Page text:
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Chess-Deep Waters

Muddy Waters
Mannish Boy: The Chess 50th anniversary CD releases
are dominated by Muddy Waters.

Muddy Waters leads the way on a new collection of classic Chess blues albums

By Nicky Baxter

Some people have called Leonard and Phil Chess visionaries who recognized the potential in the visceral blues of post-WWII Chicago. Others have branded the Chess brothers as exploiters who took advantage of the artists who created that music. Still, they were indisputably instrumental figures in the development of Chicago blues.

The Chess brothers, with the invaluable assistance of bassist/producer/songwriter Willie Dixon, developed an instantly distinguishable sound that had one foot in the Mississippi Delta and the other in Chicago's fast-paced night life. MCA has released a series of discs in commemoration of Chess Records' 50th anniversary, most notably Chess Blues Classics, 1947 to 1956 and Muddy Waters: His Best, 1947 to 1955. Waters dominates both (as well as another disc covering the years 1956 to 1964), and rightly so.

More than any other musician, Muddy Waters has come to be the most closely identified with Chess Records. The grand poobah of electric blues, Waters is the idiom's towering figure. Without him Chess would be a mere footnote in pop history.

Muddy Waters: His Best, 1947 to 1955 is a raucous walk on the Windy City's wild side: "Hootchie Kootchie Man," "I Can't Be Satisfied," "Rollin' Stone" and a wagonload of other chartmakers are included in this compilation. What amazes is the sheer vibrancy of this music; it's almost impossible to ignore the primal power of, say, "I Just Want to Make Love to You," penned by Willie Dixon and featuring an all-star supporting cast--Jimmy Rogers, guitar; Little Walter, harmonica; Otis Spann, piano; Fred Below, drums; and Dixon on bass.

Even more astonishing is Waters' performance of "I'm Ready,'" another Dixon number. There's nothing slick or stylized about his singing; Waters' roar is a force of nature. And if you thought that the hip-hop generation invented braggadocio, check the lyrics: "I got a ax-handled pistol on a graveyard frame/that shoot tombstone bullets, wearin' balls and chains. I'm drinkin' TNT, smoking dynamite/I hope some screwball start a fight." Below's drumming is just as belligerent, exploding like cherry bombs at the conclusion of every verse.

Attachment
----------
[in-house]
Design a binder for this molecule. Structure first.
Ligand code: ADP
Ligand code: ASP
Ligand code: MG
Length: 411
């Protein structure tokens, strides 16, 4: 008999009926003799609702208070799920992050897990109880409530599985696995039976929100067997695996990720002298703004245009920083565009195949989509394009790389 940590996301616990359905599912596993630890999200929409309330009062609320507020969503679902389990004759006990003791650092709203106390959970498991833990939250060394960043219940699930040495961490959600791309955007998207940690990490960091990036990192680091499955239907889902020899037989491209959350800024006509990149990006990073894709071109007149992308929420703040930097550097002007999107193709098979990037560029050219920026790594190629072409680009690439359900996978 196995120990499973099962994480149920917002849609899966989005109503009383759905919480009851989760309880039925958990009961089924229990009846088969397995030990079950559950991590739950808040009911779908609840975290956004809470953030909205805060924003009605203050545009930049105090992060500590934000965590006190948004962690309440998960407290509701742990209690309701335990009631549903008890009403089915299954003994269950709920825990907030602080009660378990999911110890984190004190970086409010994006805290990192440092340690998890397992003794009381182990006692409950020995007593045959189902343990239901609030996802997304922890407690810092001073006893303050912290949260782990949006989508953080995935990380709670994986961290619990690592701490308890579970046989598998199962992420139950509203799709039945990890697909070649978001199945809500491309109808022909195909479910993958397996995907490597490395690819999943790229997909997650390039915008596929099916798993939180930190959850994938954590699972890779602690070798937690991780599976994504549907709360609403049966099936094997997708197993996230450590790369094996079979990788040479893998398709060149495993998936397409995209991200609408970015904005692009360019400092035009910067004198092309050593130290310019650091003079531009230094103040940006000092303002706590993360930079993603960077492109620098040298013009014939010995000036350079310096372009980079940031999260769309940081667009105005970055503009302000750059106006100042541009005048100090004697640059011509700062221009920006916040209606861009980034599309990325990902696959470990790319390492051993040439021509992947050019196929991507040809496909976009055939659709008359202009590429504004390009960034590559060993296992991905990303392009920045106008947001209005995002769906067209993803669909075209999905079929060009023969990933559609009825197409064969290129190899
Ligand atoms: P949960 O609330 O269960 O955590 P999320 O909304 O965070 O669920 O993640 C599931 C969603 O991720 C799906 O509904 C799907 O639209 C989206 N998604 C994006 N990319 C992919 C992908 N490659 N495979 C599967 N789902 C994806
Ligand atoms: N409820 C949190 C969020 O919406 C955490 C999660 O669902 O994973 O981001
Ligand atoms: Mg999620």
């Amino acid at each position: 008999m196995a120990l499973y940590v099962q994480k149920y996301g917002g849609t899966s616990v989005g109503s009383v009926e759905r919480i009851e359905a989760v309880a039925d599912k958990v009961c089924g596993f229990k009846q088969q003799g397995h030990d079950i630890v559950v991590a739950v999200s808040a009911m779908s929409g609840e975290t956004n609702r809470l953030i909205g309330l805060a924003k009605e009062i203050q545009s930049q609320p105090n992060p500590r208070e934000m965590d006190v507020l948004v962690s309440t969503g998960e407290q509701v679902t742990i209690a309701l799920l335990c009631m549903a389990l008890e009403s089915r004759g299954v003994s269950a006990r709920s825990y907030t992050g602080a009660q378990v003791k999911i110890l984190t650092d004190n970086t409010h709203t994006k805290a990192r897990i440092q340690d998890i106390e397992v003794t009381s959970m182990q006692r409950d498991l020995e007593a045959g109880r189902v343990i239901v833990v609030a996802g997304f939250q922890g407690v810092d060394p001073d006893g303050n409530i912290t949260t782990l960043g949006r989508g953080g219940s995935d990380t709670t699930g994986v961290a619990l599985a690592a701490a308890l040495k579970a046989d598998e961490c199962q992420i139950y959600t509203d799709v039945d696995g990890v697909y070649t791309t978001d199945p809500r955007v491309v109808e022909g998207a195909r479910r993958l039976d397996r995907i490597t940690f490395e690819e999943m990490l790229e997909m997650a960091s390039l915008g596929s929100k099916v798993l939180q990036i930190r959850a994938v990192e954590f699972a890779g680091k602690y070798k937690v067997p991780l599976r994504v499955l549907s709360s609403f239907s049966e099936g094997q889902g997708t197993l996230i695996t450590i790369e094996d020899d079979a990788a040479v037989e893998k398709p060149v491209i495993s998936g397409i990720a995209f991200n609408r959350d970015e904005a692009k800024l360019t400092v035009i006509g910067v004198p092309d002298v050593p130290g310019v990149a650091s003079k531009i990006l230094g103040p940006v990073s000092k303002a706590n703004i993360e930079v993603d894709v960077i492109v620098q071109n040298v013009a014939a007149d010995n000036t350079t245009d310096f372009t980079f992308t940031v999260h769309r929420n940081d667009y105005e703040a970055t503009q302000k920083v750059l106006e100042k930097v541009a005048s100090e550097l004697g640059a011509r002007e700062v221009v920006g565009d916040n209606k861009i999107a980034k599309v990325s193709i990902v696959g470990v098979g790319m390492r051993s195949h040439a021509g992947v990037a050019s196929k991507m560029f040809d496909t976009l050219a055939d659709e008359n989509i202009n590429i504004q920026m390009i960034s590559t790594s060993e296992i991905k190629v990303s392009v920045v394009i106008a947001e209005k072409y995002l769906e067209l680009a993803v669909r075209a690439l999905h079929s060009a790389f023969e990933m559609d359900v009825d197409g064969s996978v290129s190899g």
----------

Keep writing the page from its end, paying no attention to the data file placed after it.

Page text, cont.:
Though Waters is best known for his ability to bully a song into submission, he could also be playful, as "Sugar Sweet" demonstrates. Set to a spry, leg-shaking beat, Waters' singing is almost lighthearted.

"Mannish Boy" may be the definitive Waters song. Co-written by Waters and Bo Diddley, "Mannish Boy" is a roaring declaration that the shackles are off, and anyone dumb enough to disagree is asking for trouble (it is, perhaps, no coincidence that the tune was written in 1955; a year earlier, desegregation had been outlawed).

The accompaniment is superb; Little Walter's harp, Rogers' guitar and Francis Clay's drums thump out a tremendous racket, insistent and demanding. This song has been covered by countless rock artists, none of whom have managed to capture the fire and conviction of the original.

And the Mississippi-born musician was just that: an original. It goes without saying that no one has found a way to play his way past Muddy Waters' outsized contribution to the genre. Even in death, he is the blues.

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